In a bit of a surprise move, the mHealth Regulatory Coalition has asked the U.S. Food and Drug Administration to revamp and republish its proposed guidance for mobile medical apps--but as a second draft, not a final regulation.
MRC made the request in a letter, crafted by founding member and attorney Bradley Thompson of Washington, D.C.-based law firm Epstein Becker Green, which it posted on its website on Tuesday. The letter lays out industry fears that FDA regulators, overwhelmed with more than 500 pages of industry comments from more than 100 interested parties, are planning to scale back the proposed guidance.
The letter indicates that the FDA may be considering publishing a "high-level," general guidance document in the short-term and holding off on more controversial issues--such as how to regulate accessories--until it has time to come to grips with them.
The MRC offers an option that would buy FDA regulators a bit more time to wrangle with the multi-layered complex regulatory proposal before they publish a final document. Their idea: Have the FDA publish a second draft guidance that incorporates any changes they have settled on, MRC co-founder Dane Stout tells FierceMobileHealthcare.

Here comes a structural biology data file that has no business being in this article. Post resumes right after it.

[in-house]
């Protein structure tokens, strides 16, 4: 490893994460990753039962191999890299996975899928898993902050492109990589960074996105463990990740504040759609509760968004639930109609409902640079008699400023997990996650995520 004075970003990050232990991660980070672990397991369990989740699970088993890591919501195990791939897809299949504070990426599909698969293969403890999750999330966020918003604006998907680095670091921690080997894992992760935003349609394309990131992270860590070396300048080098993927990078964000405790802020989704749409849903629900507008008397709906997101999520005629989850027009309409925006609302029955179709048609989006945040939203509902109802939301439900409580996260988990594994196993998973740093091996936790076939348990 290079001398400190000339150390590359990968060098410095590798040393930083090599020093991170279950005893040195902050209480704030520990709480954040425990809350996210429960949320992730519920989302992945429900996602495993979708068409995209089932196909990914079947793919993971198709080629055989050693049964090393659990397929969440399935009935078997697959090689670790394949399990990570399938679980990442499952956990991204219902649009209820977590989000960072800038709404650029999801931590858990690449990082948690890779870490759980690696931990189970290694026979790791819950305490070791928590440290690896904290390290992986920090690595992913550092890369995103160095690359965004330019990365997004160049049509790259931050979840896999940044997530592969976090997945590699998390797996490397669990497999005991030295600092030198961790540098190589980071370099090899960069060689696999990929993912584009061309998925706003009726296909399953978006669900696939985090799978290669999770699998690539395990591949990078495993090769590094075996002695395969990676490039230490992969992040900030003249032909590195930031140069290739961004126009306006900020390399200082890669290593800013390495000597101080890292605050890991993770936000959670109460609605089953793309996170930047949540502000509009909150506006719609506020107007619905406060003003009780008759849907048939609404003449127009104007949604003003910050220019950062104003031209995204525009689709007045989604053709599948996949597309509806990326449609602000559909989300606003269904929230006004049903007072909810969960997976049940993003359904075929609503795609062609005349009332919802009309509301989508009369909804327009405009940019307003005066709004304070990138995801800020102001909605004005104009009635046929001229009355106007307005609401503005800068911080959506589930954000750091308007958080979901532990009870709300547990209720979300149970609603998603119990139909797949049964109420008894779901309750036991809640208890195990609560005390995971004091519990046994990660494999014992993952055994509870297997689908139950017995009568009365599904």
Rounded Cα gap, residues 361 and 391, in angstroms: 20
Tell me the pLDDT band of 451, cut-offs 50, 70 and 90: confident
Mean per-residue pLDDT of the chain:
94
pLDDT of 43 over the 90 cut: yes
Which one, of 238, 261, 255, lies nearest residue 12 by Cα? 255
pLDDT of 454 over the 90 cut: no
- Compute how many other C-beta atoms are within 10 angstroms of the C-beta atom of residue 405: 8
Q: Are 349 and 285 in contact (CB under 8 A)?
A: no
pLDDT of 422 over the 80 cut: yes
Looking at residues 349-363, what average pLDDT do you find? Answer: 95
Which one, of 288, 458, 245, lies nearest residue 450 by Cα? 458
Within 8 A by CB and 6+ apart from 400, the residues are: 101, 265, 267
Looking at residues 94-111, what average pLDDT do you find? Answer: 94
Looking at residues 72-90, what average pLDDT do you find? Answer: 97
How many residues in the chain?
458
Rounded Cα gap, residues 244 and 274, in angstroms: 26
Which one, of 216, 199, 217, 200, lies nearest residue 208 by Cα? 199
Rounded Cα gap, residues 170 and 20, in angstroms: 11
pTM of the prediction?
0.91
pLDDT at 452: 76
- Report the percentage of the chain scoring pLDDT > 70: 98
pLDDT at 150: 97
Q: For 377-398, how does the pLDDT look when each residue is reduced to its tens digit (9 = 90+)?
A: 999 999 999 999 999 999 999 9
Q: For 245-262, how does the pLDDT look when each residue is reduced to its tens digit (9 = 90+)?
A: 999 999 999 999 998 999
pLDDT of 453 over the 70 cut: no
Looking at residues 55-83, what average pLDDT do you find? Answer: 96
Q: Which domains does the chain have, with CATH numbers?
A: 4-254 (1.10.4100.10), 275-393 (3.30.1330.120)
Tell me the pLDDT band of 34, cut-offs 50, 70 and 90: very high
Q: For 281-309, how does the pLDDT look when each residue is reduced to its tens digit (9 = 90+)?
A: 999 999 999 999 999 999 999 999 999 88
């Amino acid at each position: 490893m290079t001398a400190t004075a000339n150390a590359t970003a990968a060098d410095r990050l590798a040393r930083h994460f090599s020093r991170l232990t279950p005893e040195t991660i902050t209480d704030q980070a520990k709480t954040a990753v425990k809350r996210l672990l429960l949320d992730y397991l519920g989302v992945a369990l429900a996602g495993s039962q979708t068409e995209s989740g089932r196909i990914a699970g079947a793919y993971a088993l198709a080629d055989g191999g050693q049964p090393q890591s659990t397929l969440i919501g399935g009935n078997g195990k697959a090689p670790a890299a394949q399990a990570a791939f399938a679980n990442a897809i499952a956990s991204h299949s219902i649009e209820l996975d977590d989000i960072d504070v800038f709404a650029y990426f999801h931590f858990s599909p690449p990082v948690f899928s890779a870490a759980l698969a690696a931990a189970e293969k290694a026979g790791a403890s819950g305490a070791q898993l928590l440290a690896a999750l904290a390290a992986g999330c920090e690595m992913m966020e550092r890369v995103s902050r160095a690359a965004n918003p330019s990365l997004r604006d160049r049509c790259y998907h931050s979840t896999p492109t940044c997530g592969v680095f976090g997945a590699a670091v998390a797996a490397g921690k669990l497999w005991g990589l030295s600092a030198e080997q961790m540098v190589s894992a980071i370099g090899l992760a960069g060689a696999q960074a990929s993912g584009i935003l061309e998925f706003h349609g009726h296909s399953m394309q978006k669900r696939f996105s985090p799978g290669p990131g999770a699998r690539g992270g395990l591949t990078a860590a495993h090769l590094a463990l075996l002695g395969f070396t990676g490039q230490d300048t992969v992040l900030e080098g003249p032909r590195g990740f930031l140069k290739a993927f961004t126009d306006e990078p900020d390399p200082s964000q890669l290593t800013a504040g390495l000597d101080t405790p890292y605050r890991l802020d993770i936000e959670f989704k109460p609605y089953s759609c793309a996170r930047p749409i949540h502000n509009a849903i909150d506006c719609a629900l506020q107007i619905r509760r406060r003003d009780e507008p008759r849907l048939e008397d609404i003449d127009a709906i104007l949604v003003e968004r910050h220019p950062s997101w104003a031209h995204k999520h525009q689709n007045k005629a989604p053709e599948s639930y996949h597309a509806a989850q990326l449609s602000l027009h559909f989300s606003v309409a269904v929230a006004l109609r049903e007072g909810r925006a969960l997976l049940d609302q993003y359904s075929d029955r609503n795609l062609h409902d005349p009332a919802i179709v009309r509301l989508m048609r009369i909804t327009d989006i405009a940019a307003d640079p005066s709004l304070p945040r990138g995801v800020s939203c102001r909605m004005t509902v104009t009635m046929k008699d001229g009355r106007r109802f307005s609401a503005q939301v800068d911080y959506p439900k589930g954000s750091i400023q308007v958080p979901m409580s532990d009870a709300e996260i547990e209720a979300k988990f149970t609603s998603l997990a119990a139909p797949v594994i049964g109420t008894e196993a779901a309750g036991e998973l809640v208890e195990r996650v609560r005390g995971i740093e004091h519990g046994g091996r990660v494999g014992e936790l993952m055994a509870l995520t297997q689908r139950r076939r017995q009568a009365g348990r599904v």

For example, if they've developed definitions for important terms such as "high-risk" or "general health and wellness," then go ahead and incorporate those into a second draft proposal, and allow the public time to review and comment on those issues. Then regulators can continue to work on more complicated issues such as how to handle clinical decision-support software or accessories.
"[C]ore elements cannot simply be cleaved off," Thompson writes. "[T]he integrity of the guidance system requires that FDA give public comments serious, mature consideration and respond with appropriate modifications, not just promises of future action."
We may know more next week. MRC officials are scheduled to have a meeting with FDA regulators Wednesday, Feb. 1, about the proposed guidance, MRC's comments, and the timeline for final publication, Stout says.
He estimates the process of re-issuing a revised draft proposal might add up to three months to the process, but would be time well spent. "This is a complicated issue. We just feel a measure twice, cut once, approach is warranted here," he says.
To learn more:
- read the MRC letter (.pdf)